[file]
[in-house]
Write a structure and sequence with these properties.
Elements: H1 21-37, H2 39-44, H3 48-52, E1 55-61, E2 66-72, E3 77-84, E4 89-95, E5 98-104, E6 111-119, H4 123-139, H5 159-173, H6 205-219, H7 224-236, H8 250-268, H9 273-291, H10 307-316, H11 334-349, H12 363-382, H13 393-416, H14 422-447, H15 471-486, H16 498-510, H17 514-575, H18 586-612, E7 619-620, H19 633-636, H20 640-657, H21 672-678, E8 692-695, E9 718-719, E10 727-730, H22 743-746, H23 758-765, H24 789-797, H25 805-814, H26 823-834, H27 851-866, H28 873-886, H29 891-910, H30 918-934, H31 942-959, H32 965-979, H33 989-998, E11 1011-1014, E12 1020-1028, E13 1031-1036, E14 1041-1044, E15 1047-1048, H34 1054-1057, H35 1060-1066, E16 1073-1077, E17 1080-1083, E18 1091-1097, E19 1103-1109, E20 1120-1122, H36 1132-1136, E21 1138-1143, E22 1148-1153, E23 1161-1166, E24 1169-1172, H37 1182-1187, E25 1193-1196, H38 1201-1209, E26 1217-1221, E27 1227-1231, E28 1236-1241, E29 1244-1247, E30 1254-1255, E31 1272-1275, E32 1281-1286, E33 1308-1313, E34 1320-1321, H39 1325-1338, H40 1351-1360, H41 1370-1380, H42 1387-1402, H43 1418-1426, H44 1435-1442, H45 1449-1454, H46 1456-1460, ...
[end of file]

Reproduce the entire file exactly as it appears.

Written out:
[in-house]
Write a structure and sequence with these properties.
Elements: H1 21-37, H2 39-44, H3 48-52, E1 55-61, E2 66-72, E3 77-84, E4 89-95, E5 98-104, E6 111-119, H4 123-139, H5 159-173, H6 205-219, H7 224-236, H8 250-268, H9 273-291, H10 307-316, H11 334-349, H12 363-382, H13 393-416, H14 422-447, H15 471-486, H16 498-510, H17 514-575, H18 586-612, E7 619-620, H19 633-636, H20 640-657, H21 672-678, E8 692-695, E9 718-719, E10 727-730, H22 743-746, H23 758-765, H24 789-797, H25 805-814, H26 823-834, H27 851-866, H28 873-886, H29 891-910, H30 918-934, H31 942-959, H32 965-979, H33 989-998, E11 1011-1014, E12 1020-1028, E13 1031-1036, E14 1041-1044, E15 1047-1048, H34 1054-1057, H35 1060-1066, E16 1073-1077, E17 1080-1083, E18 1091-1097, E19 1103-1109, E20 1120-1122, H36 1132-1136, E21 1138-1143, E22 1148-1153, E23 1161-1166, E24 1169-1172, H37 1182-1187, E25 1193-1196, H38 1201-1209, E26 1217-1221, E27 1227-1231, E28 1236-1241, E29 1244-1247, E30 1254-1255, E31 1272-1275, E32 1281-1286, E33 1308-1313, E34 1320-1321, H39 1325-1338, H40 1351-1360, H41 1370-1380, H42 1387-1402, H43 1418-1426, H44 1435-1442, H45 1449-1454, H46 1456-1460, ...